AURORA CANNABIS IN COM NPV (OTCMKTS:ACBFF) is something like a “blue chip” stock in the Canadian cannabis segment. As we have noted in the past, this is a company with $15M in cash against a pittance in debt on the balance sheet, and relentless double-digit sales growth. With Canadian authorities moving toward full nationwide legalization of the sticky green stuff for recreational purposes, we see a battle ahead, and ACBFF is well-positioned to be one of the winners.
The battle is a natural consequence of the evolution of the cannabis market in North America. ACBFF is a large producer, headed toward being one of the largest. However, we think the real victory here is to stay in the race among producers, but also simultaneously diversify into potentially higher margin lines of business. The company’s recent announcement to begin sales of ingestible cannabis oils is a brilliant version of taking that step. We will talk about the smarts on display here momentarily. But first, let’s pan back and look at the basics of the company.
AURORA CANNABIS IN COM NPV (OTCMKTS:ACBFF) is a licensed producer of medical marijuana pursuant to the Marijuana for Medical Purposes Regulations and operates a 55,200 square foot expandable state-of-the-art production facility in Alberta, Canada.
Aurora’s wholly-owned subsidiary, Australis Capital Inc., seeks to be an active participant in the U.S. Cannabis market. Aurora is trading on the Canadian Securities Exchange under the trading symbol “ACB”.
The company is headquartered in Vancouver, Canada.
According to the company’s materials, “Aurora’s wholly-owned subsidiary, Aurora Cannabis Enterprises Inc., is a licensed producer of medical cannabis pursuant to Health Canada’s Access to Cannabis for Medical Purposes Regulations (ACMPR) and operates a 55,200 square foot, expandable, state-of-the-art production facility in Mountain View County, Alberta, Canada. Aurora trades on the TSX Venture Exchange under the symbol “ACB”.”
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As noted above, ACBFF recently announced it has commenced sales of a new product line of ingestible cannabis oils. The product is called “Aurora Drops”.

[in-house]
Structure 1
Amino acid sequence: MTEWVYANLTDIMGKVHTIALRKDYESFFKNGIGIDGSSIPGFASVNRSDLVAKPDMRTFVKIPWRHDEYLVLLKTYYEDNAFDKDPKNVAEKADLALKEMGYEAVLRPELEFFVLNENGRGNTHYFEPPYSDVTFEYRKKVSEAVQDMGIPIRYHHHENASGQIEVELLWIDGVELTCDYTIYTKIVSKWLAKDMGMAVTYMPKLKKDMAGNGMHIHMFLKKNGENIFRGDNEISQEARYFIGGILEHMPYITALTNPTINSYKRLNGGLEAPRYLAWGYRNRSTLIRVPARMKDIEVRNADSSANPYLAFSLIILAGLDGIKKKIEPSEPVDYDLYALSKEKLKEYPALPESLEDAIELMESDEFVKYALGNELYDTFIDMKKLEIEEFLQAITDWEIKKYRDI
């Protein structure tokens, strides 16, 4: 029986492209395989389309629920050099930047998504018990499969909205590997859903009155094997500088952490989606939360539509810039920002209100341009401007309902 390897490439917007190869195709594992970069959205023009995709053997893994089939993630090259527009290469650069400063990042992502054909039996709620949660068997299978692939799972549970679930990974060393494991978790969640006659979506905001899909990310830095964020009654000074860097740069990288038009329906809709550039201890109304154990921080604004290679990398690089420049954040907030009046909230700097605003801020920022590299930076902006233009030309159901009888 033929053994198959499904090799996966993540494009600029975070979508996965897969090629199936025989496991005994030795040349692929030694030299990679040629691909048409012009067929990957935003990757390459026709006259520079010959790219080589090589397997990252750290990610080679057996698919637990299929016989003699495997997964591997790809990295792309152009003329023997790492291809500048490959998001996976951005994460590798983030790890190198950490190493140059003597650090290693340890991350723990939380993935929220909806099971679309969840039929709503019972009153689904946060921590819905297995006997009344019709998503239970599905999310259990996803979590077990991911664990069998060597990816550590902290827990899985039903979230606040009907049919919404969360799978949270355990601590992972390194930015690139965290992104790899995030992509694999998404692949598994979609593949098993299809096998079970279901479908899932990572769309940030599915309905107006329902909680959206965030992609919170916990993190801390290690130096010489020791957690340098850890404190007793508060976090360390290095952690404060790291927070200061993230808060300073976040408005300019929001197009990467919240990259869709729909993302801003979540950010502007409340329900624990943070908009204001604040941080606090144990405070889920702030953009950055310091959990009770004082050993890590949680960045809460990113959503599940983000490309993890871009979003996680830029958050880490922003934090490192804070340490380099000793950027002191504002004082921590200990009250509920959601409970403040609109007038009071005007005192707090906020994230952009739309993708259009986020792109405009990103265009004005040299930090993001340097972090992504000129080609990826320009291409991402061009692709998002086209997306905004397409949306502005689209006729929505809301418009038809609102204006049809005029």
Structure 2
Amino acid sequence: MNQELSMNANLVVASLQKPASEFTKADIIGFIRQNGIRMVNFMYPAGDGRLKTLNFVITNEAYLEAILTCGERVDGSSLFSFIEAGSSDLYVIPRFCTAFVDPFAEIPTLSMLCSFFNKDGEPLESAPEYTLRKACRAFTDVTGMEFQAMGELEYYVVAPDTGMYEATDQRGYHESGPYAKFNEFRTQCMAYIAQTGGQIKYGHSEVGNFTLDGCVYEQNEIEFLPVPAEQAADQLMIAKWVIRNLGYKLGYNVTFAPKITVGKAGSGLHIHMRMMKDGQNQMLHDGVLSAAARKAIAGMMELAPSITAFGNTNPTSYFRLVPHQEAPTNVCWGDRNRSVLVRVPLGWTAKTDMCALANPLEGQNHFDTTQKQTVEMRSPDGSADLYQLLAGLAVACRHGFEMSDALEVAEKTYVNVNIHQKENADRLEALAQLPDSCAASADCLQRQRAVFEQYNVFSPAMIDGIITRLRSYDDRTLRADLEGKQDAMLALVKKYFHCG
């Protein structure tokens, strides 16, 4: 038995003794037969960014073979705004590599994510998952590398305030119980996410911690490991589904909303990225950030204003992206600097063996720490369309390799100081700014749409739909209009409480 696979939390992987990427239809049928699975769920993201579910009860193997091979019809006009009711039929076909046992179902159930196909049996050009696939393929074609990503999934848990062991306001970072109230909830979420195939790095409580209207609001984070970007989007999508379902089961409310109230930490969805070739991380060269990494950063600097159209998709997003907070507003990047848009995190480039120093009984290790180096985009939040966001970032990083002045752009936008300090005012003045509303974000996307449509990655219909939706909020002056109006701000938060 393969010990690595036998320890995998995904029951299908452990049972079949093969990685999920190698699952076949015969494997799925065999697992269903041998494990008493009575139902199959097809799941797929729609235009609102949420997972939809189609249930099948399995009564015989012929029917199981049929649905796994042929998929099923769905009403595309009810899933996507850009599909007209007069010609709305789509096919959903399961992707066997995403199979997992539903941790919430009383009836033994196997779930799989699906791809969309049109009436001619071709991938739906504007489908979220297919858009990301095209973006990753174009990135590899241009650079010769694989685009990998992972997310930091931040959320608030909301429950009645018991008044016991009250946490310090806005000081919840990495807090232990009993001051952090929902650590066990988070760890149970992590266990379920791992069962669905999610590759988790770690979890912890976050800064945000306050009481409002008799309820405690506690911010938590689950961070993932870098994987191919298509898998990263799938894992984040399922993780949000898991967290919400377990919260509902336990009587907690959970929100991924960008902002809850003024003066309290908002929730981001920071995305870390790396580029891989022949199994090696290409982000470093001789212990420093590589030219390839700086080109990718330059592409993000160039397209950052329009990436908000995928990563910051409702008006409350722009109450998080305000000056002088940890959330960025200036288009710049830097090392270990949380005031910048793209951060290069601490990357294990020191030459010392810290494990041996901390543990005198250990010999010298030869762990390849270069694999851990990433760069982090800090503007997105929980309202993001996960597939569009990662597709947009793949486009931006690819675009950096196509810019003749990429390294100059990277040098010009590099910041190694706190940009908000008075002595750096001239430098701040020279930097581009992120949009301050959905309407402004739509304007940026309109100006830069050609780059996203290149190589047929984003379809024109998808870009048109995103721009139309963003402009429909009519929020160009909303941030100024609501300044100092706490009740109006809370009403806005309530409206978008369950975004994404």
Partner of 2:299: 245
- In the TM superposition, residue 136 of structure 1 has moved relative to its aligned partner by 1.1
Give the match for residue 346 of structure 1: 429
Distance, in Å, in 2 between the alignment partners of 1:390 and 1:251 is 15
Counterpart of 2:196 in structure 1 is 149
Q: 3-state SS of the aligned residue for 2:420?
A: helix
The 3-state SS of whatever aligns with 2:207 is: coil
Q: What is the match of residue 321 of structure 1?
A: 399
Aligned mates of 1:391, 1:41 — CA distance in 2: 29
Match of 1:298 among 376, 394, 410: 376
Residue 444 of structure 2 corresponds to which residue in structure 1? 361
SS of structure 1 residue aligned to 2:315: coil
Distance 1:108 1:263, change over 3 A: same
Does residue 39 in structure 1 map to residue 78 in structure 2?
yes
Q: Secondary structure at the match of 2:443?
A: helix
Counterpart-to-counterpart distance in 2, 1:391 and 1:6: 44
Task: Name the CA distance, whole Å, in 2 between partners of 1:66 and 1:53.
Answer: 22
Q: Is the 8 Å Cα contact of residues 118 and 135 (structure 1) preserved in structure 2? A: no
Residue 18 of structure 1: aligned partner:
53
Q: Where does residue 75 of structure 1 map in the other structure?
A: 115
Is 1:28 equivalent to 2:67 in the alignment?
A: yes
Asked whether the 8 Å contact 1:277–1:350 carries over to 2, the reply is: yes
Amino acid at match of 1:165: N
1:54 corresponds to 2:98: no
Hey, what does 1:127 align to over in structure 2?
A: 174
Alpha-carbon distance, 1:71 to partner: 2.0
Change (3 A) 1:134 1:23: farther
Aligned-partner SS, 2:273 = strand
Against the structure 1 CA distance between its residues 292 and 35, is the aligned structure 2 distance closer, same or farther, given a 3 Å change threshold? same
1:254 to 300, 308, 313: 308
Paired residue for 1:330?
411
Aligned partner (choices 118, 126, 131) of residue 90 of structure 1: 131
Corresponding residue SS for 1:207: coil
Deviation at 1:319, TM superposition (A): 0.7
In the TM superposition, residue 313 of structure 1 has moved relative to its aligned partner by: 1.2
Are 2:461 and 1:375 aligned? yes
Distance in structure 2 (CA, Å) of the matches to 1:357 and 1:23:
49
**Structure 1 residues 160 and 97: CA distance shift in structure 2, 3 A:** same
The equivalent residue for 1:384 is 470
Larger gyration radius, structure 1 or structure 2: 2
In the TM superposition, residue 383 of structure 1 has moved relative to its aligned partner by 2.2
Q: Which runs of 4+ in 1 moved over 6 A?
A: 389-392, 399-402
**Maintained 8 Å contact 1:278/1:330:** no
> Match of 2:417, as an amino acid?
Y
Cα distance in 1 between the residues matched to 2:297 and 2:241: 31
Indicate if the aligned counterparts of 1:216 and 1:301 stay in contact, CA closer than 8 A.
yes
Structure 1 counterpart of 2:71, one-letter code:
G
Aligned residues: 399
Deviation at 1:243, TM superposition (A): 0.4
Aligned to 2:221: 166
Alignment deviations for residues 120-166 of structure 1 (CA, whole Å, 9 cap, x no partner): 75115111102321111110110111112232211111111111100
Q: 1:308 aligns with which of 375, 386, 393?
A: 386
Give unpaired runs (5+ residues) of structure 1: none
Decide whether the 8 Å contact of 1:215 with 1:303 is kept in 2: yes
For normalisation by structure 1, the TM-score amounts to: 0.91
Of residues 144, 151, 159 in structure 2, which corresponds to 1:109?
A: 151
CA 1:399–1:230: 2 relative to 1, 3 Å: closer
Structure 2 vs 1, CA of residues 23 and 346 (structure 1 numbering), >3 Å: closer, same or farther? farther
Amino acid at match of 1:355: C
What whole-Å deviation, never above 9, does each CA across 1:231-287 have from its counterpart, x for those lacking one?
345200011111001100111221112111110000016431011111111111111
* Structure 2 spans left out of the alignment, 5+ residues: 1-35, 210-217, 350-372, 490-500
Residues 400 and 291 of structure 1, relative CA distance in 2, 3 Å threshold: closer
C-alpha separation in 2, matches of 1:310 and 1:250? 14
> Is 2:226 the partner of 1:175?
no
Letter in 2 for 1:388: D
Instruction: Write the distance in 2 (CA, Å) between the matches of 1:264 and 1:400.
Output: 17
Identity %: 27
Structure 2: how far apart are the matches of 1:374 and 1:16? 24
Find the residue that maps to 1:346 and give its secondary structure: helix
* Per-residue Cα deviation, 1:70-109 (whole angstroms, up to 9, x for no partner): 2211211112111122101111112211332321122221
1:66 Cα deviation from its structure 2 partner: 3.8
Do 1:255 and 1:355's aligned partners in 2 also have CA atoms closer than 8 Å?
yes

As covered in a recent company press release, “the Company’s newest offerings include three distinct product types all priced equally at a standard flat rate of $115 per bottle, or $80 per bottle for clients approved for Aurora’s compassionate pricing program: THC Drops (Sativa) – a high potency THC oil extracted from Cannabis Sativa flowers; THC Drops (Indica) – a high potency THC oil extracted from Cannabis Indica flowers; CBD Drops – a high potency oil extracted from Aurora’s flagship CBD strain Temple (Cannatonic)”
The company does take on some extra expenses that come with a consumer-oriented product meant for ingestion. But the key here is a concept called “co-product marketing”.
If you are not familiar with this, the simple example is the donut hole. People want donuts to be wheel-shaped. So donut makers make a pastry, and then punch out a hole in a middle (this isn’t really what happens, but we are well into business school textbook talk here, so just run with it), and then sell the remaining outer ring of the pastry.
Then, so the story goes, some genius realizes that the factory floor at the donut factory ends the day covered in these “hole” portions, which go to the dump at the end of the week. Well, the genius looks at the camera with a light bulb floating in a bubble above his head, and a month later, Joe Consumer ends up eating from a branded bag of little donut-tasting balls, or holes, with morning coffee. The company spends the same amount, but, instead of paying someone to cart the holes off to the dump, they sell them for a big profit.
A real world classic example is wet-distiller’s grain, which is sold as cattle feed by ethanol producers (the rest of the corn mush that didn’t end up as ethanol).
If you are a major mass producer and handler of cannabis plants, you are going to end with a ton of detritus from that process. Some of it can be distilled down to oils rich with CBD and THC. The move has the benefit of capitalizing on current costs without adding new costs in proportion to new sales – the definition of co-product marketing. So, that’s good. It’s a piece of low-hanging fruit, to be sure, but that’s just doing your job with competence in the marketing and product side.
“The launch of our first ingestible oil products represents a major milestone, which promises to add significantly to Aurora’s top and bottom line results,” said Neil Belot, Chief Global Business Development Officer. “We have produced a sizeable inventory of Aurora Drops for our domestic medical client base, and will be continuing to ramp up production in order to address the strong demand we anticipate for high-quality, high-margin derivative products, manufactured under the rigorous Aurora Standards regarding processes, testing, and transparency.”
The move has the benefit for ACBFF of capitalizing on current costs without adding new costs in proportion to new sales – the definition of co-product marketing. So, that’s good. It’s a piece of low-hanging fruit, to be sure, but that’s just doing your job with competence in the marketing and product side. But it also diversifies a company that is likely gearing up for a major market share war that will take its toll on everyone involved. For continuing coverage on shares of $ACBFF stock, as well as our other hot stock picks, sign up for our free newsletter today and get our next hot stock pick!